Combining outstanding musicianship, a healthy dose of eclecticism and plenty of emotion (which is not always the case with this kind of music),  Mercy, Pity, Peace & Love is riveting from start to finish, and – though clocking in at a rather hefty 67 minutes – never feels as padded or overstretched as other albums with a comparable running time. Highly recommended to all lovers of instrumental music, both of the rock and the jazz persuasion, Mercy, Pity, Peace & Love will equally appeal to fans of Soft Machine and Jimi Hendrix, and will definitely earn a mention in many a “best of 2012” list.

Links:
http://www.myspace.com/doubt3

http://www.moonjune.com

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TRACKLISTING:
1. Death Walks Behind You (7:24)
2. VUG  (5:03)
3. Tomorrow Night (4:02)
4. 7 Streets (6:47)
5. Sleeping For Years (5:30)
6. I Can’t Take No More (3:36)
7. Nobody Else (5:04)
8. Gershatzer (8:01)

LINEUP:
Vincent Crane – piano, keyboards, Hammond organ, vocals
John DuCann – guitar, vocals
Paul Hammond – drums, percussion

In the progressive rock community there is some controversy regarding the status of Atomic Rooster as a full-fledged prog band.  Like many Seventies acts often placed under the ‘heavy prog’ umbrella (Captain Beyond and High Tide to name but two), in the eyes of purists they are little more than glorified hard rock combos with some hints of something more complex, yet more akin to Deep Purple and Black Sabbath than Genesis or Yes. In recent times I have happened to see Atomic Rooster labeled as a ‘dark’ band – a definition that made me think of the likes of The Cure or Siouxsie and the Banshees rather than any of the classic bands of the Seventies.

On the other hand, as both the brilliant title and the iconic cover (depicting William Blake’s “Nebuchadnezzar” on a simple black background) suggest, Death Walks Behind You is a very dark album – a haunting, Hammond-drenched effort which sounds like a encounter between Black Sabbath and Deep Purple with ELP writing the soundtrack. In many ways, it can be seen as the blueprint for the heavier side of prog, a lavish feast for any self-respecting fan of the mighty Hammond organ, and a welcome respite from the pastoral soundscapes of  Camel or Genesis, or the mind-boggling intricacy of Yes. Definitely hard-edged, occasionally oppressive, undeniably raw and unpolished, it possesses the kind of power that many more recent albums strive in vain to achieve.

This is one of the rare albums that captured my attention right from the first listen. True, Death Walks Behind You is not perfect, but then very few albums are, even those normally hailed as masterpieces. Vincent Crane’s highly effective, aggressive playing style, perfectly complemented by the expressive voice and blistering guitar lines of John DuCann (formerly with proto-prog outfit Andromeda), is a real treat for the ears of every Hammond lover. The third band member, drummer Paul Hammond (who replaced co-founder Carl Palmer when the latter joined ELP), lays down a powerful backbeat, assisted by Crane’s skillful use of both keyboard and foot pedals to replace the missing bass lines. This idiosyncratic take on the classic power trio unleashes a massive volume of music that, while not as technically impeccable as what ELP or Deep Purple were producing at the time, is brimming with sheer intensity.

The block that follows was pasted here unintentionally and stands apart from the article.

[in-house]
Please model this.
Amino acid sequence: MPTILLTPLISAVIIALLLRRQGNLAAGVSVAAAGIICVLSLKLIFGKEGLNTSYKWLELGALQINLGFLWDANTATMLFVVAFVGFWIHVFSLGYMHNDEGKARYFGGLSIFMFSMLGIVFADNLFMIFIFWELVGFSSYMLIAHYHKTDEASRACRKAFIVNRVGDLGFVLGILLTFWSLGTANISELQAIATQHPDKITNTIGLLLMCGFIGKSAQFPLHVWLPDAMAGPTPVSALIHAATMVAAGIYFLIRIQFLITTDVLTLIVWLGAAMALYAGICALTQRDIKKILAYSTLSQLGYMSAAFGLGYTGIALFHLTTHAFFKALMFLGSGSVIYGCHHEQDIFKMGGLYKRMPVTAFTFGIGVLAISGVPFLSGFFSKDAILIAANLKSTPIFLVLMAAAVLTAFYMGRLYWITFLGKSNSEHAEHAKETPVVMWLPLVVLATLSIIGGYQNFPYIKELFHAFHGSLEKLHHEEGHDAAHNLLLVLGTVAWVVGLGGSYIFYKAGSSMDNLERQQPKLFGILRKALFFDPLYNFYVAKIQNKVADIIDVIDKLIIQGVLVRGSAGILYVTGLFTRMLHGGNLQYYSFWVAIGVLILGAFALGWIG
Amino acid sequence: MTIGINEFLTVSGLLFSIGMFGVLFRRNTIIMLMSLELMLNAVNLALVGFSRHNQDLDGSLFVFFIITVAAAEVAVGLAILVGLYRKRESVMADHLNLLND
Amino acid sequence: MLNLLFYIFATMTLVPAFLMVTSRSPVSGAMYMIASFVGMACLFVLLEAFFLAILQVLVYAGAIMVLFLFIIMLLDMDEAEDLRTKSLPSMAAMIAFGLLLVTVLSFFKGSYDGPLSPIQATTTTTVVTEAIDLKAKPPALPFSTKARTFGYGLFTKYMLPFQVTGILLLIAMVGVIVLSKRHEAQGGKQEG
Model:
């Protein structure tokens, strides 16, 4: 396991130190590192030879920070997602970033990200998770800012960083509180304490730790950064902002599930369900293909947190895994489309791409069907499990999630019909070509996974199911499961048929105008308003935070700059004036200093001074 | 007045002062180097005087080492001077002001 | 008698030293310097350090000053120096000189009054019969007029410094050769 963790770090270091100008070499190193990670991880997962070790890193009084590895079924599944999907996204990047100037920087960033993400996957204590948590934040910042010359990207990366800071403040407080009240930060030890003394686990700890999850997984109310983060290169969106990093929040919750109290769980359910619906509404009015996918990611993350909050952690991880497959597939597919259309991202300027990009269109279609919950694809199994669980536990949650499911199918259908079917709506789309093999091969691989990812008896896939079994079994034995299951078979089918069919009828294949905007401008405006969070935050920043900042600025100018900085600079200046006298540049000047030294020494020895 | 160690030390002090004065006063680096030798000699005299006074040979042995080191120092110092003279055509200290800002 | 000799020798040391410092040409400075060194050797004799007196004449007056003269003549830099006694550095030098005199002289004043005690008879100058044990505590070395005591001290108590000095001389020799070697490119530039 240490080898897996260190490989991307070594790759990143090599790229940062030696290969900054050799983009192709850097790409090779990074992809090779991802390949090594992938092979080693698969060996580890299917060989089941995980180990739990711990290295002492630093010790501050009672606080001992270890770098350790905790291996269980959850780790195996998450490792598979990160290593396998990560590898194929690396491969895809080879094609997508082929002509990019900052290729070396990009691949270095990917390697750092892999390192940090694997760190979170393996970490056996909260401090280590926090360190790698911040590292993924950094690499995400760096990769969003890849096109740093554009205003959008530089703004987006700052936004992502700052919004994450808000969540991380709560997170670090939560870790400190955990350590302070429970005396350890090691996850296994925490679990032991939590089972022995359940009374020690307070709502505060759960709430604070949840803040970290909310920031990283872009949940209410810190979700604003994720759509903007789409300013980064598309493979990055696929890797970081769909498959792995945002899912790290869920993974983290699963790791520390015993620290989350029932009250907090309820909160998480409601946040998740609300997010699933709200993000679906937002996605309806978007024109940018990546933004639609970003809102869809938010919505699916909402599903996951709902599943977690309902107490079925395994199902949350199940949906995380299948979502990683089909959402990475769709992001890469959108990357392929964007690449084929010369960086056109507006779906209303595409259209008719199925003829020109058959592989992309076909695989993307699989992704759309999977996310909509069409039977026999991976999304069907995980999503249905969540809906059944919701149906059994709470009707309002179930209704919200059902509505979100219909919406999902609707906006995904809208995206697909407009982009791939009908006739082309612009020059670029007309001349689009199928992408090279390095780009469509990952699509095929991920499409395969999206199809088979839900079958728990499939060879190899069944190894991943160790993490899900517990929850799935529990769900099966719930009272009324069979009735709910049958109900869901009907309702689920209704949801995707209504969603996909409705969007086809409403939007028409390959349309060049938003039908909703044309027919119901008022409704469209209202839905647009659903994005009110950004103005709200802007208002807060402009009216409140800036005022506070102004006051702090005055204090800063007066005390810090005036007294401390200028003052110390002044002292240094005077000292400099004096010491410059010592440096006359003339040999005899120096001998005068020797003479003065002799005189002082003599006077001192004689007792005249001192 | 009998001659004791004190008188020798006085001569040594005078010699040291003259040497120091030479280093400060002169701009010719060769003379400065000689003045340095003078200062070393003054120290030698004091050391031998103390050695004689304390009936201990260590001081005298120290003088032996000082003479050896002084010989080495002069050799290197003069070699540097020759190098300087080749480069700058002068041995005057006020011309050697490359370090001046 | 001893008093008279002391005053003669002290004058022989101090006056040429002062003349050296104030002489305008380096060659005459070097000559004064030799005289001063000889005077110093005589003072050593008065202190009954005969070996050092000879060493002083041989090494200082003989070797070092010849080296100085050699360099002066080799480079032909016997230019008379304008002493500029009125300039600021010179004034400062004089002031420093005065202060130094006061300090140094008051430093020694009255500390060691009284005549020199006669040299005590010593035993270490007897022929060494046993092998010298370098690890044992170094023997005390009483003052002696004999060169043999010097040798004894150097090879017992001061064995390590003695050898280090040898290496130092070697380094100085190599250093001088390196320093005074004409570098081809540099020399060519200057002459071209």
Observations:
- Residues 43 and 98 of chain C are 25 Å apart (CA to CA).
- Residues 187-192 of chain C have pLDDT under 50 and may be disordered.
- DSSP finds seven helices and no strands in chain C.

A couple of tracks relieve the tension and overall dark mood of the album – namely the catchy, almost upbeat “Tomorrow Night” (originally released as a single), and the heavy rock-goes-commercial “I Can’t Take No More”. Neither are personal favourites: in my view, especially the latter could be scrapped from the album without doing a whole lot of damage. On the other hand, the slow, melancholy number “Nobody Else”, dominated by Crane’s piano, sees a remarkably emotional vocal performance by DuCann, providing a perfect foil for Crane’s despondent, foreboding lyrics (he suffered from mental problems and ended up committing suicide, as did Hammond).

The real highlights of the album, however, are to be found elsewhere. The title-track is introduced by dissonant, menacing piano, then explodes into a memorably hypnotic organ riff punctuated by the obsessive repetition of the title, “Death Walks Behind You”.  “7 Streets” is a more structured composition, based on the interplay between organ and guitar, while “Sleeping for Years” is in a similar vein, though with a slightly darker tone – both excellent examples of vintage heavy prog, somewhat influenced by Black Sabbath, but with better vocals and lashings of keyboards replacing Tony Iommi’s monstrous riffing. The two instrumentals, “VUG” and “Gershatzer”, are probably the most progressive offerings on the album, showcasing Crane’s skills as a Hammond player; the latter, which is almost 8 minutes long, has the slightly loose feel of a jam session, intensified by the presence of a short drum solo.

Though not exactly flawless, Death Walks Behind You is an impressive offering  that is  almost a must-listen for Hammond fans and anyone who likes their prog with a harder edge (though not necessarily metal). A fascinating, almost addictive album by an underrated band, whose long but chequered career ended tragically with Vincent Crane’s death in 1989.